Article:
Introduction: Dementia defined as an acquired condition marked by multiple cognitive impairments. The most prevalent type is Alzheimer's disease, followed by vascular dementia. Studies have examined hippocampal atrophy and its relationship to aging and dementia. This study aimed to calculate the amount of hippocampal volume loss associated with dementia, also a,nxto examine the possible role of proton magnetic resonance spectroscopy (1H-MRS) in common type of dementia.
Methods: This study compared hippocampal volume measures and metabolites level in posterior cingulate cortex (PCC) between Alzheimer's disease patients, vascular dementia patients, and controls using volumetric-based MR and 1H-MR spectroscopy. Metabolite levels were calculated from the peak integral value of the metabolite N-Acetyl Aspartate (NAA) (2 ppm), Myo-inositol (MI) (3.5 ppm), Cholin (Cho) (3.2 ppm), and Creatin (Cr) (3 ppm), then a comparison was made to the levels of brain metabolites in the form of: NAA / Cr, Cho / Cr, and MI / Cr.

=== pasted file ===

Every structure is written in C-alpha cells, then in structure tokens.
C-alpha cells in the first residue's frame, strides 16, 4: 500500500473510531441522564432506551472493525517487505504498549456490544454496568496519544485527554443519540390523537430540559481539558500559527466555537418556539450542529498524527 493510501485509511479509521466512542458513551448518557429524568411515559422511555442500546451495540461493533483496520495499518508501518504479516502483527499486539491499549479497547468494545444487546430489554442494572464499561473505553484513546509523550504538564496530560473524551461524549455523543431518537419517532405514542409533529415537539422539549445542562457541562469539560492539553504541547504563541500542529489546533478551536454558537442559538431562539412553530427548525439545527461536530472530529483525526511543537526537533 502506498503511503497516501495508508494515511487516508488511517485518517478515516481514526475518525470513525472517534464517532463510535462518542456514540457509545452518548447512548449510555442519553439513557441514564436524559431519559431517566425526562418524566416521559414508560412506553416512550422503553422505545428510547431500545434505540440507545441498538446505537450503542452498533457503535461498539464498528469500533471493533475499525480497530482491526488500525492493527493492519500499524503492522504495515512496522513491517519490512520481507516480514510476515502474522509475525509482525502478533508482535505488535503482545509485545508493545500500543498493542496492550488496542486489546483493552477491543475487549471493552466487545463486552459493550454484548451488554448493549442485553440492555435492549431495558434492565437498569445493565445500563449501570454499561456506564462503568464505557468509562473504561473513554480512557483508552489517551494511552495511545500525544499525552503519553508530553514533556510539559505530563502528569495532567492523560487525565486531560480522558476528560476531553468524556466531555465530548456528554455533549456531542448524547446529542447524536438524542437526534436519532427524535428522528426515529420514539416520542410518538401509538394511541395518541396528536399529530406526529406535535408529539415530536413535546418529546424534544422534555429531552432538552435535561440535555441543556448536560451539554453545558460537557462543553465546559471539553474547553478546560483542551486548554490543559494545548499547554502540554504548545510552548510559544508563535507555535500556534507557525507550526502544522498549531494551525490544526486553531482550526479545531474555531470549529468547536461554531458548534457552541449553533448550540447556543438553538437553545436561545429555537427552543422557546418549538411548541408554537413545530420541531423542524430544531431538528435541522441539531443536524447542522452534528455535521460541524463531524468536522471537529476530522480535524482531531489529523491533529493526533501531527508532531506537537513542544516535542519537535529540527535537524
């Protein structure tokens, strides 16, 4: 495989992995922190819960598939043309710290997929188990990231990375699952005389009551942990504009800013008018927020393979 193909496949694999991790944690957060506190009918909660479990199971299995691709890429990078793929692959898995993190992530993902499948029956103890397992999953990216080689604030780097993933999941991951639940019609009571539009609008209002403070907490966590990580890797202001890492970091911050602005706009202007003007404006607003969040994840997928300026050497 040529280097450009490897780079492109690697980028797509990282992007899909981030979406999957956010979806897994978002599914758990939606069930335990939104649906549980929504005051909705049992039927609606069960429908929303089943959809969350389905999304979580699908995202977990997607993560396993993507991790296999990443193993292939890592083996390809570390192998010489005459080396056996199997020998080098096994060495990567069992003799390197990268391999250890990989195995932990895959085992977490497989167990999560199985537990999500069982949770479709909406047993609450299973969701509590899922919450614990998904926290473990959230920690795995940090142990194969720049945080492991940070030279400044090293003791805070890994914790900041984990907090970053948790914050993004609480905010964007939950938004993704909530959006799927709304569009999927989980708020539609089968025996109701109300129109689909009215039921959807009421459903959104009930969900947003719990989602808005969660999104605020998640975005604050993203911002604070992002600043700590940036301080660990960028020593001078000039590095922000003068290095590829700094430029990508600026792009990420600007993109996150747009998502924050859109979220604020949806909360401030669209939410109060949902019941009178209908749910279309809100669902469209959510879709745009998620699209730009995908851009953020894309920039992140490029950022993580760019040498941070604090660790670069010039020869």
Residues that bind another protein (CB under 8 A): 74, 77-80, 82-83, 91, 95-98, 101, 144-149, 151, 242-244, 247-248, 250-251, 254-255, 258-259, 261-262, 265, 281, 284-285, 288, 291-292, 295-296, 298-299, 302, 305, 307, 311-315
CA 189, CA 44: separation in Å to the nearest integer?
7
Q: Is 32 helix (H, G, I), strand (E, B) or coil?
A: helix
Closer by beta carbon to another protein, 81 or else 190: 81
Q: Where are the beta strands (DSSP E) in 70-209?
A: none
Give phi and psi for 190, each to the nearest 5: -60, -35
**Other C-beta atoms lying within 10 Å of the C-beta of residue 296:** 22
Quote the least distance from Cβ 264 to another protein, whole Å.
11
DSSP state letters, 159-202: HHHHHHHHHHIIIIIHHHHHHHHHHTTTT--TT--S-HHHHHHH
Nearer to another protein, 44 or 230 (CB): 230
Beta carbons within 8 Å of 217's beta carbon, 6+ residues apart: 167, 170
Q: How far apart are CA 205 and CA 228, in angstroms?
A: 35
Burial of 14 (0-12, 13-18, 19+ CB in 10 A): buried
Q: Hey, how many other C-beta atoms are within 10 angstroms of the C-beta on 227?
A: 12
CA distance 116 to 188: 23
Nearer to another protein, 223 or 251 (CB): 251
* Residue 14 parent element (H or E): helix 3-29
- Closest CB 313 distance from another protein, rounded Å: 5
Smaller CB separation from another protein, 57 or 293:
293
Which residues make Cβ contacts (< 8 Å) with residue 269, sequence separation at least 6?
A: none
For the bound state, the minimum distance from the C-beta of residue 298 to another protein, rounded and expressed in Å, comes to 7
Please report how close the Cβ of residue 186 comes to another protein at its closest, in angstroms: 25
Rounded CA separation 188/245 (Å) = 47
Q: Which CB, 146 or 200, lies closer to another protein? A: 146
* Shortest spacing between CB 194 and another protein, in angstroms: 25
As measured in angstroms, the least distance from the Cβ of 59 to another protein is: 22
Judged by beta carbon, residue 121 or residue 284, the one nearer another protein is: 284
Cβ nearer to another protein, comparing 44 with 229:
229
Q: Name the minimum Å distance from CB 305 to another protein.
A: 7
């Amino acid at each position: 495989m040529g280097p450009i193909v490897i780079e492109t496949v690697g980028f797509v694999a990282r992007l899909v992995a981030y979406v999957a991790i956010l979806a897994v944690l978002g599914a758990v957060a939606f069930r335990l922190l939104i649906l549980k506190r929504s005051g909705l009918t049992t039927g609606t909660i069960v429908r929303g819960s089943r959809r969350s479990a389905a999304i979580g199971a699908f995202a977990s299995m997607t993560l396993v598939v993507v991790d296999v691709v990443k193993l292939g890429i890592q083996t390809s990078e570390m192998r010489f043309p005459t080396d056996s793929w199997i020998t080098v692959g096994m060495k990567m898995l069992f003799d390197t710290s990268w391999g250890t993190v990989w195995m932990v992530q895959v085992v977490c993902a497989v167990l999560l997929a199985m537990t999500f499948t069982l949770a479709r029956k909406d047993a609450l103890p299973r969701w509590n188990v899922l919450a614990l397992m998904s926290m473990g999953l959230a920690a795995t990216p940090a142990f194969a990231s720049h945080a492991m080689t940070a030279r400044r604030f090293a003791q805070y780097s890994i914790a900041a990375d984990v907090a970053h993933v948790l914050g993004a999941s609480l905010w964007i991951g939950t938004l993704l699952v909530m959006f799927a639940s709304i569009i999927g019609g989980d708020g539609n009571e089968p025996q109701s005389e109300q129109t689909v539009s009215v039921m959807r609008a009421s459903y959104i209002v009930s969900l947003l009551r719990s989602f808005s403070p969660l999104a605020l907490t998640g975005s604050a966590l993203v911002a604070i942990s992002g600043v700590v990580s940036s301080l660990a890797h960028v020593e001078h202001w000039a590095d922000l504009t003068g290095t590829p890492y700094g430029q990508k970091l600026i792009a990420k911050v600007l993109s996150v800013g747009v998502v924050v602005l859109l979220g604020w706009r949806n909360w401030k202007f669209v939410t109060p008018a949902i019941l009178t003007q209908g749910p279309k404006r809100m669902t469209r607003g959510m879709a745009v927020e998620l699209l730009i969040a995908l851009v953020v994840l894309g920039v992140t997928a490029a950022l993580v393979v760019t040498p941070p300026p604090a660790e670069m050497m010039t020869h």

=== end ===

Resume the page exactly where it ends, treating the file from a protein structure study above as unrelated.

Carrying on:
Results: Between Alzheimer's disease and control, a significant difference was observed in the total volume of the hippocampus of 20.45 % (p = 0.004). The comparison of brain metabolite levels in PCC patients with Alzheimer's disease, vascular dementia, and control subjects revealed no statistically significant differences in the levels of Cholin, Creatine, NAA, MyoInositol, Cho / Cr, NAA / Cr, and mI/ Cr for any of the metabolites.
Conclusion: There was a significant difference in the mean total size of the hippocampus between patients with Alzheimer's disease and controls, but not in the PCC metabolites measured by MR spectroscopy.